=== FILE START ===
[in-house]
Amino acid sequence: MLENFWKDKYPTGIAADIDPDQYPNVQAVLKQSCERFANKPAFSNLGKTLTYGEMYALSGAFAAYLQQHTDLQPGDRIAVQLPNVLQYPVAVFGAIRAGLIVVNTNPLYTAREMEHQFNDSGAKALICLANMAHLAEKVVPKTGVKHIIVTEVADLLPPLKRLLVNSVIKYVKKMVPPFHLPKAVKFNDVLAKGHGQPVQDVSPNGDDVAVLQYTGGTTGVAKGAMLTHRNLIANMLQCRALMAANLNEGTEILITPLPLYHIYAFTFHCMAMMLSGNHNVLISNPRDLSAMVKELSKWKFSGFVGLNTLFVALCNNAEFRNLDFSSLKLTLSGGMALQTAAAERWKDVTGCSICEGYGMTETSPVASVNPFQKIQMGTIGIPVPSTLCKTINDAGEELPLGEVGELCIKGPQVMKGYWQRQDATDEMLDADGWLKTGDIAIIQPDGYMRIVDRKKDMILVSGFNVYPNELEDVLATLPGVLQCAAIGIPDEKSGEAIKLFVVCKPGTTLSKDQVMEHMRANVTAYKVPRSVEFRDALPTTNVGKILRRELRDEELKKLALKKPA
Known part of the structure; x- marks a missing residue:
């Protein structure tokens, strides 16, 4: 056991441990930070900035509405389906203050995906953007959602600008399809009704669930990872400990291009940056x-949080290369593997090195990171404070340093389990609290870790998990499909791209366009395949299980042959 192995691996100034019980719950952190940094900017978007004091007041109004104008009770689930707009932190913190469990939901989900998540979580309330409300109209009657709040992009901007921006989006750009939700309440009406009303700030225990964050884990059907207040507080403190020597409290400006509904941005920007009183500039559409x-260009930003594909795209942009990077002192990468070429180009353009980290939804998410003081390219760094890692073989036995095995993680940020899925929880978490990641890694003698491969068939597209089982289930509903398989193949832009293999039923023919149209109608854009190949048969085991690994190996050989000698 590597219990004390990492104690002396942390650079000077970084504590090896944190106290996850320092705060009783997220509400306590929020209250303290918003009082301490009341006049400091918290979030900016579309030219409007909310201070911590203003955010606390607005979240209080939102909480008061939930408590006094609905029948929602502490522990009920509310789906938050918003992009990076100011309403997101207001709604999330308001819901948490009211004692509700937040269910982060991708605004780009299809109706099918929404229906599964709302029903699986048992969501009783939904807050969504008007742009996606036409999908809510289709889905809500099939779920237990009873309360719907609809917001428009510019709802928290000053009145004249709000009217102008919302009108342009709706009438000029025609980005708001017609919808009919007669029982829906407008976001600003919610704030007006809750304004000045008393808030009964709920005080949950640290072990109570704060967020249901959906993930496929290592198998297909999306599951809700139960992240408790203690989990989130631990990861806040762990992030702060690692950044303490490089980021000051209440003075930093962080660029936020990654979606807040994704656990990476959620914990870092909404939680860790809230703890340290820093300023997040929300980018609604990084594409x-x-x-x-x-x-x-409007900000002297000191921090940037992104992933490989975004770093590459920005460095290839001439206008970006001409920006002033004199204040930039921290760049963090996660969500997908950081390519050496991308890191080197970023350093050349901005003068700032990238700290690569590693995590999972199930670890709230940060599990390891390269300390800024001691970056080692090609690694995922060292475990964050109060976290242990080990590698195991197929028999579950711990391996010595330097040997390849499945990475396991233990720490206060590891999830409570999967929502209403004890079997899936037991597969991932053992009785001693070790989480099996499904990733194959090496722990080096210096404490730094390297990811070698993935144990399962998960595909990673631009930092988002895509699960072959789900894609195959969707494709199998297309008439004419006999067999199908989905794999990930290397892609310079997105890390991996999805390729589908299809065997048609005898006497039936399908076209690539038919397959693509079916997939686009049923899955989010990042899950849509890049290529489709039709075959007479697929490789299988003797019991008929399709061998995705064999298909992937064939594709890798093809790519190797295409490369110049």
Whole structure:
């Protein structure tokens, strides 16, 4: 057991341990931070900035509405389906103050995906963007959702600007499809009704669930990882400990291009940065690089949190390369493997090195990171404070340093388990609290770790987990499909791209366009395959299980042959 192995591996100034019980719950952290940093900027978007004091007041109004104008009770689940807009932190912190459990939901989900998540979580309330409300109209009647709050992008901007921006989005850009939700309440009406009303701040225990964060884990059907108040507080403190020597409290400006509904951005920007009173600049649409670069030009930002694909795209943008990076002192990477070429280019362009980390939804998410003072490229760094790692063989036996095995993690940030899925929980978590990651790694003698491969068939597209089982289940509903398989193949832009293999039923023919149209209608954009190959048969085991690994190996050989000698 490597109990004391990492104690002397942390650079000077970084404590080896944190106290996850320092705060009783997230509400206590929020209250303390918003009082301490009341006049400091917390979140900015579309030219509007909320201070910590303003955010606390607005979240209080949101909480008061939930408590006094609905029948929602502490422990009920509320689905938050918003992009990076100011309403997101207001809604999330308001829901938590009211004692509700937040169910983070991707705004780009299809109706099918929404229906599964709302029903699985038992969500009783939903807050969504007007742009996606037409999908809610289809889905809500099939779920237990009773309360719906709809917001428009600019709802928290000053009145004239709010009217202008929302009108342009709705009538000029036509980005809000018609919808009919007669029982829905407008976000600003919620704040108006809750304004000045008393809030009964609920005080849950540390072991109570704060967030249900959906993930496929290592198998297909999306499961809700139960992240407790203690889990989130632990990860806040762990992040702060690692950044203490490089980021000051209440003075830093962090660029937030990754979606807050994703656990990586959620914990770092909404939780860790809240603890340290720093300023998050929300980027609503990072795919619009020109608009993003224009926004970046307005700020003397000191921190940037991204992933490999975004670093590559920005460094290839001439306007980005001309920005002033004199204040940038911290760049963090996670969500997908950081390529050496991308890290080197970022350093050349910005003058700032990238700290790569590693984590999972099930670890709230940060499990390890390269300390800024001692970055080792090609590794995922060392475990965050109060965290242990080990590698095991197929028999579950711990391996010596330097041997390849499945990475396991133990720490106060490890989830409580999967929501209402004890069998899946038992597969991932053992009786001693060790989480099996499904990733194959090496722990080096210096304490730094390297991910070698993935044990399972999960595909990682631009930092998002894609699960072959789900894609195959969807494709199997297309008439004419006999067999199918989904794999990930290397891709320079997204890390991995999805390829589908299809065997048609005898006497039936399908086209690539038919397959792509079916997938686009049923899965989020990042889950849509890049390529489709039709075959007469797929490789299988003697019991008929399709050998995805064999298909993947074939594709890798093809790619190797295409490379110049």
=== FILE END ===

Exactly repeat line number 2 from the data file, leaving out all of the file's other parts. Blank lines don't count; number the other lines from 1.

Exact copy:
Amino acid sequence: MLENFWKDKYPTGIAADIDPDQYPNVQAVLKQSCERFANKPAFSNLGKTLTYGEMYALSGAFAAYLQQHTDLQPGDRIAVQLPNVLQYPVAVFGAIRAGLIVVNTNPLYTAREMEHQFNDSGAKALICLANMAHLAEKVVPKTGVKHIIVTEVADLLPPLKRLLVNSVIKYVKKMVPPFHLPKAVKFNDVLAKGHGQPVQDVSPNGDDVAVLQYTGGTTGVAKGAMLTHRNLIANMLQCRALMAANLNEGTEILITPLPLYHIYAFTFHCMAMMLSGNHNVLISNPRDLSAMVKELSKWKFSGFVGLNTLFVALCNNAEFRNLDFSSLKLTLSGGMALQTAAAERWKDVTGCSICEGYGMTETSPVASVNPFQKIQMGTIGIPVPSTLCKTINDAGEELPLGEVGELCIKGPQVMKGYWQRQDATDEMLDADGWLKTGDIAIIQPDGYMRIVDRKKDMILVSGFNVYPNELEDVLATLPGVLQCAAIGIPDEKSGEAIKLFVVCKPGTTLSKDQVMEHMRANVTAYKVPRSVEFRDALPTTNVGKILRRELRDEELKKLALKKPA